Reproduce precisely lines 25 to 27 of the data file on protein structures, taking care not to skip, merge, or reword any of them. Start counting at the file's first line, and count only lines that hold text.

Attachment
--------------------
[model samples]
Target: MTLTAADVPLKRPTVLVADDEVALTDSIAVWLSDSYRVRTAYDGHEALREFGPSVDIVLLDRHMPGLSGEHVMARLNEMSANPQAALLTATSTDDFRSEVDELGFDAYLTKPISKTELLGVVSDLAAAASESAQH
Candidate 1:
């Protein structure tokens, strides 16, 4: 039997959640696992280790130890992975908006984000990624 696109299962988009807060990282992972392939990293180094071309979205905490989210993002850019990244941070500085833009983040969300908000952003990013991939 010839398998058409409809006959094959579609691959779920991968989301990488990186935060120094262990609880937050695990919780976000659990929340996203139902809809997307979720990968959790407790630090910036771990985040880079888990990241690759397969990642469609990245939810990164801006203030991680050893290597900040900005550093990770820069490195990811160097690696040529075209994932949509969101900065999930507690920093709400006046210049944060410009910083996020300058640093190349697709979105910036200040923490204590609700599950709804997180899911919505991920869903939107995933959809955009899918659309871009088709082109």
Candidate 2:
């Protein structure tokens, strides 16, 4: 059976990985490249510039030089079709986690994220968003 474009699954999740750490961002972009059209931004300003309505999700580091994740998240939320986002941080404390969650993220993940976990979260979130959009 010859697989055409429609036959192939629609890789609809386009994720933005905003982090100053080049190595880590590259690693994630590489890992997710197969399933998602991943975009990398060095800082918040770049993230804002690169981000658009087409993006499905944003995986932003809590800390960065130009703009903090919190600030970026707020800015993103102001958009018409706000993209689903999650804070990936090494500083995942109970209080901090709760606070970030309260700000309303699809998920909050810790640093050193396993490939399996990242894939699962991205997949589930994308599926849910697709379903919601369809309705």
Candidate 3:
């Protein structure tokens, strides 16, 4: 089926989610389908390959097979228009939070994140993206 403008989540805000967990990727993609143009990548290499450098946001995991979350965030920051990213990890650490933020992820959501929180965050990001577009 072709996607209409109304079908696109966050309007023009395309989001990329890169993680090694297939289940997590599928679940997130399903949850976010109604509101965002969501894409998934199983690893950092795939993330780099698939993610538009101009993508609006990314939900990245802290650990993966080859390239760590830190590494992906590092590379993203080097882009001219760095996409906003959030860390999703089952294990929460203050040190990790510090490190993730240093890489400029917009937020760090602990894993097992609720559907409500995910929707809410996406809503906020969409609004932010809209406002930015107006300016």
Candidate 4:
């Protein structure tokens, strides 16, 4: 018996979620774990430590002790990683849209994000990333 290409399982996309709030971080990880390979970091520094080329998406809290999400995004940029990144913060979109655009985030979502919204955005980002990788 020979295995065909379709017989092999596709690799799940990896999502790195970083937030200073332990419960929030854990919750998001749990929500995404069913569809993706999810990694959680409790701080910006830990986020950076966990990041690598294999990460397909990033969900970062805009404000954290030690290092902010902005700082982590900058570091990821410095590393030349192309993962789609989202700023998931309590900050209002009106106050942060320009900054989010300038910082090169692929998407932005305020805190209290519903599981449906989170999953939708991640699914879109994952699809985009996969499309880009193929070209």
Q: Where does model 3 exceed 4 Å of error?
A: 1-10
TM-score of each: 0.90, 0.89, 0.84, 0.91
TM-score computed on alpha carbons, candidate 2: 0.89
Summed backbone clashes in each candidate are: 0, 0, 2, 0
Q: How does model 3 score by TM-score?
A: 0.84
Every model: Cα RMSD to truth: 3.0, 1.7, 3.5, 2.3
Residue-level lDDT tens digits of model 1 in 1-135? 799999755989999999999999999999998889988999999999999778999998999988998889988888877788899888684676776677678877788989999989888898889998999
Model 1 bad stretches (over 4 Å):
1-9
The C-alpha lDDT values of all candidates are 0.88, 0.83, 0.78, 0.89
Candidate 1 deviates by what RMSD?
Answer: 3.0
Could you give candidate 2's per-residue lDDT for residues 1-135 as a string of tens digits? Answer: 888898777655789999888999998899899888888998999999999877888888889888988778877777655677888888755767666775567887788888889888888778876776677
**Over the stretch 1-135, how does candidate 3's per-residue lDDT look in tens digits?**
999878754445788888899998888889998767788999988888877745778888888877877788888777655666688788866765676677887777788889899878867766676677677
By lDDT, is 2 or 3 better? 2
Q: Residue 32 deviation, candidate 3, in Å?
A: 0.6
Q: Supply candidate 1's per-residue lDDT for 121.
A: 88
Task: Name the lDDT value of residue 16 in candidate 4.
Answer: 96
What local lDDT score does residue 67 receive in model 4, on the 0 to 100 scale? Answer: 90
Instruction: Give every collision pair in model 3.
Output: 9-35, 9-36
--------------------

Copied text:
Could you give candidate 2's per-residue lDDT for residues 1-135 as a string of tens digits? Answer: 888898777655789999888999998899899888888998999999999877888888889888988778877777655677888888755767666775567887788888889888888778876776677
**Over the stretch 1-135, how does candidate 3's per-residue lDDT look in tens digits?**
999878754445788888899998888889998767788999988888877745778888888877877788888777655666688788866765676677887777788889899878867766676677677